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Moist turkey slathered in crispy bacon, perfectly roasted ham, juicy goose and crunchy, fluffy roasted potatoes. Succulent brussel sprouts with walnuts, rich gravies and of course mince pies and steamed puddings. All classic Christmas dishes that most people look forward to devouring over the festive period. However, Christmas dinner has not always been this way, in fact, many dishes people used to eat at Christmas have long been forgotten, until now.
Here's FDL's Ghosts of Christmas Dinner Past - five historical dishes that used to be cooked to celebrate Christmas.
1 - Mince Pies with Real Meat - 1200s
A British tradition and also served throughout Europe and America, Mince Pies are still a classic dish to be eaten at Christmas time. Made with pastry and a selection of minced fruits and spices (currants, cherries, raisins, apricots, cinnamon, nutmeg and sometimes nuts) the pies date back as far as the 12th Century with many reports claiming they come from the traditional Roman festival, Saturnalia, in which sweet meat dishes were presented to Roman fathers of the Vatican.
Today's pies no longer contain meat but the original recipes from which they derive are linked with the crusaders of the 12th century who returned from the Middle East with new ingredients and tales of dishes containing sweet meats with fruits and spices. Through time meat has been phased out of most modern mince pie production but there are still many people who prefer to create the original pies using suet and real meat.
The Independent newspaper have a brief history of the Mince Pie including a classic recipe if you feel like adding meat back to your Christmas pie this year.
2 - Frumenty - 1300s
Made in a number a ways including ingredients such as almonds, currants, milk, eggs, fruits (currents, raisins) almonds and often using fish and meat - Frumenty is a dish that dates back to medieval times.
It's main ingredient is cracked wheat and the dish has been part of traditional Christmas meals around the world. The recipe involves taking 1 cup of cracked wheat and adding to pre-boiled water. This mixture is then covered until all the water is absorbed and the wheat is tender. Eggs and milk are then mixed before being added and stirred into the now softened wheat. Frumenty is said to be the precursor of plum pudding which, with the development of new cooking methods and technique, became the Christmas pudding we all know and love today.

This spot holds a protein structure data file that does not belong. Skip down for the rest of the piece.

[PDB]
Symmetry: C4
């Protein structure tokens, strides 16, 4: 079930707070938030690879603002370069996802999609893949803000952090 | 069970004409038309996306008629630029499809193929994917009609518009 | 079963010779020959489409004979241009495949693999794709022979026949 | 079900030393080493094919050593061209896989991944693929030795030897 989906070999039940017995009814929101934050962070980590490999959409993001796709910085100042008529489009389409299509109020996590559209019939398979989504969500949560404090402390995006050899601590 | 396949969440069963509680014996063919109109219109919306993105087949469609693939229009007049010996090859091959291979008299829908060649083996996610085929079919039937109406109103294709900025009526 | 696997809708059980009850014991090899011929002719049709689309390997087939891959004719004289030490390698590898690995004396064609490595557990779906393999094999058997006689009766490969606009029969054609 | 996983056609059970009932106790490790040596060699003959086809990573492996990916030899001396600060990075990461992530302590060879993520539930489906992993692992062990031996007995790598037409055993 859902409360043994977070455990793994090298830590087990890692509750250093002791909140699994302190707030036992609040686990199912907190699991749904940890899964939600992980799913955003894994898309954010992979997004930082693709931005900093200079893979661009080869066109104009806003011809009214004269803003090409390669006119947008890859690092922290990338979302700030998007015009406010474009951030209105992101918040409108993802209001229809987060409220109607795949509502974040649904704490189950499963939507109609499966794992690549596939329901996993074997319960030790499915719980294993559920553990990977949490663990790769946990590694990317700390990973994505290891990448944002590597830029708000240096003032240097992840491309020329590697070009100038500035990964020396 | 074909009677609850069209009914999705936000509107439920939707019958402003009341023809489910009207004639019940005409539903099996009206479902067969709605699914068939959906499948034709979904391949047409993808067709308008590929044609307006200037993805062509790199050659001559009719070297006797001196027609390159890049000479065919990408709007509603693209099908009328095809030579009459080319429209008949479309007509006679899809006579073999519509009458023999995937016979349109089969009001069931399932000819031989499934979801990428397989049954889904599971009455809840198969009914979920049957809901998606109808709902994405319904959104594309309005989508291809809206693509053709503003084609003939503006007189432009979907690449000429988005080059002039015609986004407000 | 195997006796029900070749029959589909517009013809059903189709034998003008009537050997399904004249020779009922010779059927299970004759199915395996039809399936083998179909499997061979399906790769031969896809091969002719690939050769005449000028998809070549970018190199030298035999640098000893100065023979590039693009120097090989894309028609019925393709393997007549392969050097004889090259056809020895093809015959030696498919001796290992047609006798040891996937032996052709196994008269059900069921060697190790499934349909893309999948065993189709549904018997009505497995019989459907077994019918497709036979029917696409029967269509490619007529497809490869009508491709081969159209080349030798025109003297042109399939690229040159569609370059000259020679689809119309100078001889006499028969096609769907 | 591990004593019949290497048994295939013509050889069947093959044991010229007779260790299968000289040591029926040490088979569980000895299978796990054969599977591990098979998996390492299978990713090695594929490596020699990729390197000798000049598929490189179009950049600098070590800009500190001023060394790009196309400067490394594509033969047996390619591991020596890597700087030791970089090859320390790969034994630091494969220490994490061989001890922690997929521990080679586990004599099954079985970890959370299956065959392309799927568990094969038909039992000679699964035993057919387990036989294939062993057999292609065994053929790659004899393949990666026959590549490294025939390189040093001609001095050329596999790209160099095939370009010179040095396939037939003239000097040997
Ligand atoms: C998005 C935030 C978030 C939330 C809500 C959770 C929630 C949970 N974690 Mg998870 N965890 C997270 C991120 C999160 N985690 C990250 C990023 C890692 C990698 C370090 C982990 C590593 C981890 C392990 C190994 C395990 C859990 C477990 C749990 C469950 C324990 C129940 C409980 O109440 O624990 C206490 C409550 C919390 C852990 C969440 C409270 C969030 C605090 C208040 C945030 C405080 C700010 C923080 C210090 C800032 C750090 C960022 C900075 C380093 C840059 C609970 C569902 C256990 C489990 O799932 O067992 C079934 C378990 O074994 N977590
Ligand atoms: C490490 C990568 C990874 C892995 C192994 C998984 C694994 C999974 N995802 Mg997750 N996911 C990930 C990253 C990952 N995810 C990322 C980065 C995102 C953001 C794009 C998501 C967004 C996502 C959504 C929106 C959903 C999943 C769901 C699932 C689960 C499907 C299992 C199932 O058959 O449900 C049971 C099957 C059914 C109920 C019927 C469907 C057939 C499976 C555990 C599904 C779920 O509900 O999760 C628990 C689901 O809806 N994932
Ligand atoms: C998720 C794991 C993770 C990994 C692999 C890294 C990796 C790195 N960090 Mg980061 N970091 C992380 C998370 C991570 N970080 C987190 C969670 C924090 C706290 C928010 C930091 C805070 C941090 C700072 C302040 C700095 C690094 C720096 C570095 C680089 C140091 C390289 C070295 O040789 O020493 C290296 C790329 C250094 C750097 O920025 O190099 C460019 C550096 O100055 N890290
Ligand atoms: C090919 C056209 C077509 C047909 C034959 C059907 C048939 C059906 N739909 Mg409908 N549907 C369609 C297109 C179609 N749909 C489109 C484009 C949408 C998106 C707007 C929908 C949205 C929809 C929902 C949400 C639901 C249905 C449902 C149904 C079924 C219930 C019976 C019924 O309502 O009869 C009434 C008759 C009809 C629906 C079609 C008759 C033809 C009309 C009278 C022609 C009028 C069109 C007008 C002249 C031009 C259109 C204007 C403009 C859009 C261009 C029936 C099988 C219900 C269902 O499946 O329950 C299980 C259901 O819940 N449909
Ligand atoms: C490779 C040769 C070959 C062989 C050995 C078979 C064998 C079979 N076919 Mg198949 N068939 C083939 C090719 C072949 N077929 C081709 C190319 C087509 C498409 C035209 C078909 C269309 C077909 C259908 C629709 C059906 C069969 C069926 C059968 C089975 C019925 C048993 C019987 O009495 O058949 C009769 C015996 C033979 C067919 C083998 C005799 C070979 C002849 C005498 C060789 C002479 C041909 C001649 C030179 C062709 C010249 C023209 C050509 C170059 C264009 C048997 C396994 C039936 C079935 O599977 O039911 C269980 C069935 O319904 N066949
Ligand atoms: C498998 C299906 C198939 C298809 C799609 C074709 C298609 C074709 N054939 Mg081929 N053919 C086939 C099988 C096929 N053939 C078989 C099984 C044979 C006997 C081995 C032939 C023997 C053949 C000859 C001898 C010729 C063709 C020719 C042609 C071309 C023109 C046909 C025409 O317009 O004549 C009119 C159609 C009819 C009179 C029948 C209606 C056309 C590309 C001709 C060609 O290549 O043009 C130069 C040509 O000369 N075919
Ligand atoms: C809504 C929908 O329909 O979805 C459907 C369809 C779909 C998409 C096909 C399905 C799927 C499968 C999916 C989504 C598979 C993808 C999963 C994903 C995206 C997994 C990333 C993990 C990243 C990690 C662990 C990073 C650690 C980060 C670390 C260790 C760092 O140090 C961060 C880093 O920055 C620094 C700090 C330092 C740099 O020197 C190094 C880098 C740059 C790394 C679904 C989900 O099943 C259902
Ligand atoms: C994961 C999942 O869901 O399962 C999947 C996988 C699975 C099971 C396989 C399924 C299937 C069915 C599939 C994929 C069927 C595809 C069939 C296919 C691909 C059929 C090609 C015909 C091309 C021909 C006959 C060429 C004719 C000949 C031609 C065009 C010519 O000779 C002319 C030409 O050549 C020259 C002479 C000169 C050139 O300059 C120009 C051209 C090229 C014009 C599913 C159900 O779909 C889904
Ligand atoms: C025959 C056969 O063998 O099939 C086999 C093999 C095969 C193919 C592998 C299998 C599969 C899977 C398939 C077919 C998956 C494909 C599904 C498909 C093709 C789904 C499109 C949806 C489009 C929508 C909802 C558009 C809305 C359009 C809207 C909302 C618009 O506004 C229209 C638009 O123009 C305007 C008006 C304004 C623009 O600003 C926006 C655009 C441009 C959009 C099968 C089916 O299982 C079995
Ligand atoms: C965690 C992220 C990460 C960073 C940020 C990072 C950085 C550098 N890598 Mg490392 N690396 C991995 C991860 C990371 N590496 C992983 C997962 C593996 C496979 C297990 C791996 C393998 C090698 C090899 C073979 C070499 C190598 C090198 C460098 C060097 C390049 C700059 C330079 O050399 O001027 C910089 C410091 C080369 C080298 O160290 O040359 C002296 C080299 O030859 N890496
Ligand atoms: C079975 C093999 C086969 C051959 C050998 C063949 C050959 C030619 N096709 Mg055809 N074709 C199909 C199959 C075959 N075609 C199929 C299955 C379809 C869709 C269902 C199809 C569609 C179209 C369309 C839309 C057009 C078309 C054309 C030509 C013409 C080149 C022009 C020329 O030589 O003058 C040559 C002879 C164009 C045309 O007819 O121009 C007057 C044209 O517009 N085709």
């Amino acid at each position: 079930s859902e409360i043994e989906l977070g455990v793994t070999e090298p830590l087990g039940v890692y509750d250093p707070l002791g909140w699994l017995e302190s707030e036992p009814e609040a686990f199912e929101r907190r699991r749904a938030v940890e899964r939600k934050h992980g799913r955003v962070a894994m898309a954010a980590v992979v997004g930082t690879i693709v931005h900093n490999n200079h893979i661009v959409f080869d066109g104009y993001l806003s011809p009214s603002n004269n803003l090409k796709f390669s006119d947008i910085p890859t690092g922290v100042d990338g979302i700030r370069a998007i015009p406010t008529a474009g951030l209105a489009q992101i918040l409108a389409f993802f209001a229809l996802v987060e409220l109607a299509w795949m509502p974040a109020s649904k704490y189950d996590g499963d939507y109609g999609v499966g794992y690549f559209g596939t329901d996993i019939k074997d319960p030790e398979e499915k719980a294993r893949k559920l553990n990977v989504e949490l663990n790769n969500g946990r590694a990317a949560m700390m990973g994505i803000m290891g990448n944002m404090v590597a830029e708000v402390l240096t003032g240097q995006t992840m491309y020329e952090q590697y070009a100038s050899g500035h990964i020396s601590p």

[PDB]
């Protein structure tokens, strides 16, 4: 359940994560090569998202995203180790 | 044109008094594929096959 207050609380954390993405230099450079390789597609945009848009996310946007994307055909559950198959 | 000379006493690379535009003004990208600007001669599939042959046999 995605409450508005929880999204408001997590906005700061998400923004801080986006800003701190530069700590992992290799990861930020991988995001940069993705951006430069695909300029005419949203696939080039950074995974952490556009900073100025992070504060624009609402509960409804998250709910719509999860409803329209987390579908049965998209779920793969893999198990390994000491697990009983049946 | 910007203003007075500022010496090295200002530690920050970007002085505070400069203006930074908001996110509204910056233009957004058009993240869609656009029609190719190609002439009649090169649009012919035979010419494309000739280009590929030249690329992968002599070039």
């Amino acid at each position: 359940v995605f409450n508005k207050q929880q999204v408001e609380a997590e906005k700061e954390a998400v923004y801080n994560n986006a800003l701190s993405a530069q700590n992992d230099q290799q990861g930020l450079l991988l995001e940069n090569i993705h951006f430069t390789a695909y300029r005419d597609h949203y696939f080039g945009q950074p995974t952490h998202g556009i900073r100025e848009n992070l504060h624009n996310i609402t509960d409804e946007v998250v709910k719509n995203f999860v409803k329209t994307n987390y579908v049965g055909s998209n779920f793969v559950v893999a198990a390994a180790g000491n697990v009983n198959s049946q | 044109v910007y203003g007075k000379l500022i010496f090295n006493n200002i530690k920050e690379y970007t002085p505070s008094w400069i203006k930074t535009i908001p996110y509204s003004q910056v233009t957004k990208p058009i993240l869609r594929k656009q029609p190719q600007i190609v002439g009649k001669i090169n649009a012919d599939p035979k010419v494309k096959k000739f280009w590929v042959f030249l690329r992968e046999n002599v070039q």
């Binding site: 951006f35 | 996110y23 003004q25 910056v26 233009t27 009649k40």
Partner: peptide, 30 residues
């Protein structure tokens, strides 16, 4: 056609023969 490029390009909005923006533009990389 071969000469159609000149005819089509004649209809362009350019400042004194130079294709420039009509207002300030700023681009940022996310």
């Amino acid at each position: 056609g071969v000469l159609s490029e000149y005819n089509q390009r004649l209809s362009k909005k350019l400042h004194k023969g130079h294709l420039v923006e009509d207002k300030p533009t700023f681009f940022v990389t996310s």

A recipe for Frumenty has been found in the Vatican Library and was also printed in Le Viandier De Taillevent - a recipe collection that dates back to 1300.
3 - Wild Boar's Head - 1500s
The hunting of wild boar goes back as far as Roman times and has been presented as a Christmas dish as far back as 1553. A recipe for the dish is found in Sabina Welserin's cookbook and calls for a head to be boiled in well water, laid on a grate, slathered in wine and roasted while being constantly basted with more wine.
The dish would then take centre stage on the table and was often served with a black sauce containing wine, cherry syrup, sugar, ginger, pepper, cloves, raisins, almonds and cinnamon - delicious!
4 - A Yorkshire Pie - 1700s
Found in Hannah Glasse's The Art of Cookery, which was first published in 1747, the Yorkshire pie is one serious Christmas dish, in fact, it's quite possibly the world's meatiest pie. First the cook must skin and bone a goose, a turkey, a fowl a partridge and a pigeon - wipe the sweat of their brow and then season each bird with mace, nutmeg, cloves, black pepper and salt.
The birds are then opened down the back and placed inside a thick pie crust (not intended to be eaten). First the pigeon, then the partridge, then fowl, followed by the goose and finally the turkey. But that's not it for the meat, Hannah's recipe then called for some hare, some woodcocks, game and any extra wild fowl the cook can lay their hands on - at least four pounds of butter must be added before laying over a very thick pie lid and baking in an a very hot oven for at least 4-hours.
The dish is rarely served today, mainly because of it's complexity and sheer decadent ingredient list, but smaller variations containing less meat can still be found served at Christmas.
5 - Oyster Stew - 1800s
Oysters have not always been the delicacy they're seen as today and in many towns, especially those close to the sea, they were consumed as a cheap and plentiful ingredient.
The idea of eating Fish at Christmas goes back to ancient times and in many traditions around Europe fish is still consumed on the eve of the big day as meat before a religious feast is frowned on by the Catholic church.
The tradition of oyster stew on Christmas eve is difficult to date but most texts claim that it was started by Irish immigrants who fled to the states during the great potato famine in the 1800s. Eating a fish stew made with a salted fish called ling was already tradition but unable to find their coveted ling in their new home Irish settlers looked for alternatives and began to cook Oysters in place of fish. Of all the recipes listed above this dish is still the most popular today with many people around the world still consuming it on the eve of Christmas.
If you don't fancy trying to rekindle some Christmas dinner ghosts this year why not check out some of these great FDL Christmas recipes.
With thanks to Food Timeline for their information on the subject.